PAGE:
Politics alone won’t save the day for BJP

Venky Vembu | Updated on October 31, 2019

Unsafe deposits: Customers battle to regain their savings at a Mumbai branch of the troubled Punjab and Maharashtra Cooperative Bank - Arunangsu Roy Chowdhury   -  The Hindu

The less-than-emphatic win inthe recent elections in Haryana, Maharashtra and J&K is an alarm for the Centre to get its economics right

Late last year, the CIA declassified a cache of Cold War-era jokes that its operatives had gleaned from the erstwhile Soviet Union in the line of their cloak-and-dagger duty. The jokes, which had been circulating ‘underground’ in that country, were centred around the hard life of the proletariat in the Communist regime, and the sheer incompetence of the erstwhile Soviet leaders. Narrated by Soviet citizens themselves, most of them channelled a self-deprecatory, wry attitude that masked a sly form of counter-culture revolution in a country where most avenues of free expression invited stern punishments.

One of the more tame jokes, as narrated in the 1950s by Allen W Dulles, the longest-serving CIA director to date, ran thus: Ivan, a Russian, reappears in Moscow after an absence of 15 years, and explains to his concerned and inquisitive friends that he had been in prison for saying that Joseph Stalin was a fathead. A friend notes commiseratingly that while criticising the leader was a serious crime, a 15-year sentence seems extraordinarily long. “Oh, I only got a year for that crime,” Ivan responds. “The other 14 years were for revealing a State secret.”

Last fortnight, a high-ranking bureaucrat in the Odisha government went public with the nearest thing to an ‘open’ secret when he sent out a directive alerting State entities to downbeat reports about a few banks and the public’s apprehensions about the safety of their deposits in them. In particular, he drew attention to the fact that bank deposits are insured only up to ₹1 lakh.

The alert, reported in the media, justifiably set off alarm bells, but within days the bureaucrat withdrew his directive and clarified that the “State government does not have any view of the fiscal health of any particular bank”. That responsibility, he noted, entirely rests with the Reserve Bank of India (RBI).

That last-stated position is exactly right: Only the RBI can decide on the fiscal health of Indian banks, and the Odisha bureaucrat had clearly stepped beyond his ken.

Even so, it says something about the mood among rattled depositors that the directive validated their deep-seated concerns that the financial system is fraught with frailties. After all, only days earlier, even private banks had begun reminding customers — by way of rubber-stamped messages on their passbooks — that in the event of “liquidation of the bank”, only deposits up to ₹1 lakh would be covered. The banks were merely abiding by an RBI circular from June 2017, but the recent troubles at the Punjab and Maharashtra Cooperative (PMC) Bank, and the plight of depositors who find themselves cut off from their lifetime savings, have heightened fears that such doomsday scenarios are not quite beyond the pale.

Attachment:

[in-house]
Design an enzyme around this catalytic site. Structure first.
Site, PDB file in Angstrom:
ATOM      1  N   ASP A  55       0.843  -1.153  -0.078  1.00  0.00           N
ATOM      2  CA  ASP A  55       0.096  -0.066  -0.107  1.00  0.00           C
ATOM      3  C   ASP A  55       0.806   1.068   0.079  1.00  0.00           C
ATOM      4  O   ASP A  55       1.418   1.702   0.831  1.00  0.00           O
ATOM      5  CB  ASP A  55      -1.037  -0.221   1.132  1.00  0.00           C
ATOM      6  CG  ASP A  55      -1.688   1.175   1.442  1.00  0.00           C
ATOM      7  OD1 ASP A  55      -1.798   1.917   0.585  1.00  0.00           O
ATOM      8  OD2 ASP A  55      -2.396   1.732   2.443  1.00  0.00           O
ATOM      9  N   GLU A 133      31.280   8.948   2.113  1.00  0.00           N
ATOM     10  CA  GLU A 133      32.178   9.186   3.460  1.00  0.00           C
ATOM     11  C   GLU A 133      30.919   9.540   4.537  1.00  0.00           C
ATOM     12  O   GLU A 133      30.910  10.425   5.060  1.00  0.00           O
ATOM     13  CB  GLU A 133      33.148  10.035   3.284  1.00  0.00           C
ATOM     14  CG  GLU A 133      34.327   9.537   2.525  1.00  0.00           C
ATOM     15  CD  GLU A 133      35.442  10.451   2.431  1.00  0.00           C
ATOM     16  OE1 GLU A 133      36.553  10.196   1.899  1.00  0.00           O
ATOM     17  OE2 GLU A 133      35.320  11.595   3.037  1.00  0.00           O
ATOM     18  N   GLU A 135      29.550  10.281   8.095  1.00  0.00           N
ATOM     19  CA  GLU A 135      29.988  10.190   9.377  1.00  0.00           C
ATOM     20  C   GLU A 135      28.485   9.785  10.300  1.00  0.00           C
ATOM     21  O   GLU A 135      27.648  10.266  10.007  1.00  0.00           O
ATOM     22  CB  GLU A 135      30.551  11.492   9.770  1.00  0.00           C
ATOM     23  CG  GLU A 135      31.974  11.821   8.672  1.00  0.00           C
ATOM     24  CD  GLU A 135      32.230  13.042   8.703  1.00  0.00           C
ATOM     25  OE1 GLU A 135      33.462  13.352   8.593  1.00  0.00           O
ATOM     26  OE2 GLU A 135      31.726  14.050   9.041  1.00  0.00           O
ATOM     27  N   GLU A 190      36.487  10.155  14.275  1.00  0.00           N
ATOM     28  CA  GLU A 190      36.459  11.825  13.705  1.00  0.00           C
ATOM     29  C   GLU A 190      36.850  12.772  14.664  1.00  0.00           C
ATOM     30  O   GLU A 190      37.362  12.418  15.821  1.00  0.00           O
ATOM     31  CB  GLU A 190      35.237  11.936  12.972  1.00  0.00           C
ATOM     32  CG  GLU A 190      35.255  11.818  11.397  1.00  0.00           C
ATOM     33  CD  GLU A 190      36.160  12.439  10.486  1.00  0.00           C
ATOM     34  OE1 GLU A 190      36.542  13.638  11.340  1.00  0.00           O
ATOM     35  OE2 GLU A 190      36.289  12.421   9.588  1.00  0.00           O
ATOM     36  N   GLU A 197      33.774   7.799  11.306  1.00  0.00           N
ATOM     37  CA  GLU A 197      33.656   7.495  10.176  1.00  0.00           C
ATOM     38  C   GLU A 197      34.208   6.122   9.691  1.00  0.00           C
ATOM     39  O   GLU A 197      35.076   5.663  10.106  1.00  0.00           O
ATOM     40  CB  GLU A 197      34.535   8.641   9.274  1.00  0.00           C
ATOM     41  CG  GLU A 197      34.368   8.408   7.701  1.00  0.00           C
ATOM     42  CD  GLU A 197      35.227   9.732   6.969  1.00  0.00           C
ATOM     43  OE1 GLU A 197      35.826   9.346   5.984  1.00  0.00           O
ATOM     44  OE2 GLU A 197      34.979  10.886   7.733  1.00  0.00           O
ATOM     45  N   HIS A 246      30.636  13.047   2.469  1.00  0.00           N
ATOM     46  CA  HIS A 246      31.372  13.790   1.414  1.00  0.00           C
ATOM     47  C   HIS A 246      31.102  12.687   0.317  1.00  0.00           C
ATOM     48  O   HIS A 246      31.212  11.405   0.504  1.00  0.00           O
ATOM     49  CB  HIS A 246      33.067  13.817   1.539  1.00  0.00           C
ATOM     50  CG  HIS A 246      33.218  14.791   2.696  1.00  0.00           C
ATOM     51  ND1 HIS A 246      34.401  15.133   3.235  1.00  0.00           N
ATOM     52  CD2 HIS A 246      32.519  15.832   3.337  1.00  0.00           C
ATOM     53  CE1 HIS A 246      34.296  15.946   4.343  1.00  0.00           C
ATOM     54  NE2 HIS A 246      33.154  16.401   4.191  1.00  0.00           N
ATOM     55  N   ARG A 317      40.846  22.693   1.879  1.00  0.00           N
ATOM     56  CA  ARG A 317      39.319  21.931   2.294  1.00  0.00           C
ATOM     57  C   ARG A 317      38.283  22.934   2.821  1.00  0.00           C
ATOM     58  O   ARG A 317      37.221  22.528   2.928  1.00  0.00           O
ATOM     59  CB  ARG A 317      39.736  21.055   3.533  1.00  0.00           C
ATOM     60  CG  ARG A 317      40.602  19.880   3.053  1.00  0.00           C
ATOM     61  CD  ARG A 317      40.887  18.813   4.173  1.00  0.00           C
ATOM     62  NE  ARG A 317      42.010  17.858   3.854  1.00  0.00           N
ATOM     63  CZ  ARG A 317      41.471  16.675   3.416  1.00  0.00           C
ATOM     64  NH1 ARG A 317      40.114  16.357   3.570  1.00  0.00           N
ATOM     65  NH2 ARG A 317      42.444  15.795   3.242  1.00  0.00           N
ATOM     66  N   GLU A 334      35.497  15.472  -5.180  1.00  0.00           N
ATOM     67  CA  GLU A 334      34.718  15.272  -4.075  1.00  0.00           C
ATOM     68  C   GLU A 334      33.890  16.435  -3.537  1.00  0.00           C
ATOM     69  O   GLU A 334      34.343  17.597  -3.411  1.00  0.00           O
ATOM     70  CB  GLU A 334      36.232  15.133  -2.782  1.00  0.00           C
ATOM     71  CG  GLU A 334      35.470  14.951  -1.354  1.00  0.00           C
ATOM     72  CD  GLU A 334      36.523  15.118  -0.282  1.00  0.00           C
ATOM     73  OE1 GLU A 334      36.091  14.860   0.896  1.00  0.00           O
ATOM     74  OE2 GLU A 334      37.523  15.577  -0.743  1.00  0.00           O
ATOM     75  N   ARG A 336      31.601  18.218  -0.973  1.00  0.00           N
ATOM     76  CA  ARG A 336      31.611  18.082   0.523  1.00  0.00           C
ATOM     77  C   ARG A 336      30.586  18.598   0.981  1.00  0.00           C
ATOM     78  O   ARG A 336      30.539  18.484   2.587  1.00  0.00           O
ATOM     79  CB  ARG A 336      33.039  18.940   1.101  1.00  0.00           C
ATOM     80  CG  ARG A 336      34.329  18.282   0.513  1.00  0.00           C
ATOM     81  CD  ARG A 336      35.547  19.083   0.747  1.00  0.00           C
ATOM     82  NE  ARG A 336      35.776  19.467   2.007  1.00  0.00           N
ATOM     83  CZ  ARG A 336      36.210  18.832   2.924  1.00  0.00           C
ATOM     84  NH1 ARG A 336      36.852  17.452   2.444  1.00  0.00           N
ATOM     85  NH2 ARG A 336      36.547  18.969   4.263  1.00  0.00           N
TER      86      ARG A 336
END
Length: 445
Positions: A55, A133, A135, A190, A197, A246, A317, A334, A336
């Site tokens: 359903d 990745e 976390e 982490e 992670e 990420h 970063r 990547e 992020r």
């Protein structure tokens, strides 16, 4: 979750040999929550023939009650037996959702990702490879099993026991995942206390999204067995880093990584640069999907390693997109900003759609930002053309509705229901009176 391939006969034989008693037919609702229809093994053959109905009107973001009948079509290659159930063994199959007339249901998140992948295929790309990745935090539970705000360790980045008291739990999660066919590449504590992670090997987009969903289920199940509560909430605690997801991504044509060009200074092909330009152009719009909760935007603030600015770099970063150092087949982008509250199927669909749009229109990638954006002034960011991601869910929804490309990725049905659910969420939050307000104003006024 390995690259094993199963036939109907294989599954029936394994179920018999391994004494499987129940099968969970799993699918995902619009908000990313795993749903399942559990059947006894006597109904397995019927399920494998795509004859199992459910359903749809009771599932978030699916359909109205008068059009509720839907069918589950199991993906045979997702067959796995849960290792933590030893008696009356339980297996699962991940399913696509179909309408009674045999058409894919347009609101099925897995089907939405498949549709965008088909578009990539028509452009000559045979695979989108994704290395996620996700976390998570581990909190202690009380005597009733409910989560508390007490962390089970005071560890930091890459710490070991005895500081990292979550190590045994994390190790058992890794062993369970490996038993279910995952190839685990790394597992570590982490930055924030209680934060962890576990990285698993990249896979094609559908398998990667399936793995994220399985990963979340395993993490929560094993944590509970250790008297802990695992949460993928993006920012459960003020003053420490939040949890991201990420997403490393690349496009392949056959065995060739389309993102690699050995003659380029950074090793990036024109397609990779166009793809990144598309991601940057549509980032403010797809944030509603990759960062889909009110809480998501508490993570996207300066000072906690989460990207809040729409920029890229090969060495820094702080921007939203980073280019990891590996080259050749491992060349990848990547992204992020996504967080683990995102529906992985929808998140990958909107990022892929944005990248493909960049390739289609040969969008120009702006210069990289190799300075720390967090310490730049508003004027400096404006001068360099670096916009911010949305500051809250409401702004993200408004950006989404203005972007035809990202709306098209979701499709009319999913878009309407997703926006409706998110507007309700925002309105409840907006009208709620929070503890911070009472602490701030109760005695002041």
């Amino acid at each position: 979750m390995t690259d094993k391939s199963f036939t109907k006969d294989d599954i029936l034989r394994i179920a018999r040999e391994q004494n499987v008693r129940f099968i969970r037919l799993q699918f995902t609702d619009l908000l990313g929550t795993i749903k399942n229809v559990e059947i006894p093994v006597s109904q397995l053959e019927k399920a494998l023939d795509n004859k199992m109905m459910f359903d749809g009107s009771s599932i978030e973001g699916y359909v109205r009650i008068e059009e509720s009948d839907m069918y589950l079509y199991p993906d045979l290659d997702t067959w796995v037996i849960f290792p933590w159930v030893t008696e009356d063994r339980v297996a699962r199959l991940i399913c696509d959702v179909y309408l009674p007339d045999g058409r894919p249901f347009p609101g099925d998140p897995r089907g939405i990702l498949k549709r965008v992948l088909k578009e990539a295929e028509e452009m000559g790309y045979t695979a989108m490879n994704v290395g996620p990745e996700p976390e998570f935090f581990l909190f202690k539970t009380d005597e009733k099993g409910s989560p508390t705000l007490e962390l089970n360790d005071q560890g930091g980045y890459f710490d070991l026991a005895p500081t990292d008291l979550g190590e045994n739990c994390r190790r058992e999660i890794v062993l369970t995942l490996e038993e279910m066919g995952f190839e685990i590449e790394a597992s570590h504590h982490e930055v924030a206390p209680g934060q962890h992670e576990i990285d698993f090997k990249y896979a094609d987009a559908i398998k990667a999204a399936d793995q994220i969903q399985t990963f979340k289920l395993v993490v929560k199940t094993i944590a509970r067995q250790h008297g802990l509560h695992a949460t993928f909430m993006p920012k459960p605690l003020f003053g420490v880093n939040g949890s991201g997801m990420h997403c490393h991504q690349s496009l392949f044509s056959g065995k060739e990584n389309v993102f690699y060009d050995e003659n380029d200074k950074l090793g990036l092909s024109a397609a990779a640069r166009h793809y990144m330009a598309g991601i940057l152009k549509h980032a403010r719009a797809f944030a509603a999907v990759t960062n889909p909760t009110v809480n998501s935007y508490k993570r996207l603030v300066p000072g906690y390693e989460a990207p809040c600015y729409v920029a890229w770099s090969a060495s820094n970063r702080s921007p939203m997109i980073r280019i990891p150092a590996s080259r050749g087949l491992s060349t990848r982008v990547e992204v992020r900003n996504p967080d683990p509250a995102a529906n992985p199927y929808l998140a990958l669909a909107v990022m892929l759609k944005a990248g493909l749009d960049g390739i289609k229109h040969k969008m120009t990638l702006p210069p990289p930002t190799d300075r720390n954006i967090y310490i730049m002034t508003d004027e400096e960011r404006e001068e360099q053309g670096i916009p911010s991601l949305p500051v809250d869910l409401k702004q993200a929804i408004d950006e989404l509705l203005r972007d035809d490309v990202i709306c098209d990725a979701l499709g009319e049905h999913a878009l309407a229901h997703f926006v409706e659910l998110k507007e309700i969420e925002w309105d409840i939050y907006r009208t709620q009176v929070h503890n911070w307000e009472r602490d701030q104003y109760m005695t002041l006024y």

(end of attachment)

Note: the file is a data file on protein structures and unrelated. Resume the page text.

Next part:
There are, of course, vast differences in the regulatory mechanisms that govern cooperative banks (of the PMC kind) and other banks. Yet, when the words “liquidation of the bank” roll so readily off the tongues of bankers (and bureaucrats), it is easy to account for depositors’ diminishing trust.

Nor has the RBI done a masterly job of arresting the erosion of public faith and the slide in its data credibility. Specifically, in the context of the bad-loan contagion that is sweeping across non-banking financial companies (NBFCs), the central bank’s assessment, as reflected in its Financial Stability Report, that gross non-performing assets (NPAs) of NBFCs accounted for only 6.6 per cent of their advances as of March 2019 stretches the limits of credulity. Sooner or later, those numbers will have to be reconciled with harsh reality. It’s a fair bet it won’t make for a pretty sight.

RBI mandarins may well believe that there is some merit in the staggered release of bad news in trickles, rather than as an avalanche. Yet, it is hard to escape the conclusion that the central bank has already suffered an erosion in the ‘book value’ of its reputation. Which may account for why trust in the financial system stands on such slippery ground.

How can this trust deficit be bridged? The Centre, for its part, is not insensitive to the gravity of the problem, but the Bharatiya Janata Party finds itself far too distracted by the Grand Drama of the political stage. The party’s enormously successful run in election after election, culminating in the National Democratic Alliance’s emphatic return to power in May, also means that it is propelled less and less by the performance-linked incentives that typically drive parties.

But last fortnight’s results from the Maharashtra and Haryana Assembly elections, and the local body elections in Jammu & Kashmir, have for the first time given the party reason to reflect more critically on the perception that its management of the economy has been flawed — and that a crisis is nearer at hand than it may have reckoned. The party may have returned to power in both Maharashtra and Haryana, but the ground beneath its feet is distinctly seething with resentment.

For an organisation that is obsessed with political outcomes, the choice couldn’t be more stark: Perform or perish.


Venky Vembu is Associate Editor, BusinessLine; Email:

Published on October 31, 2019

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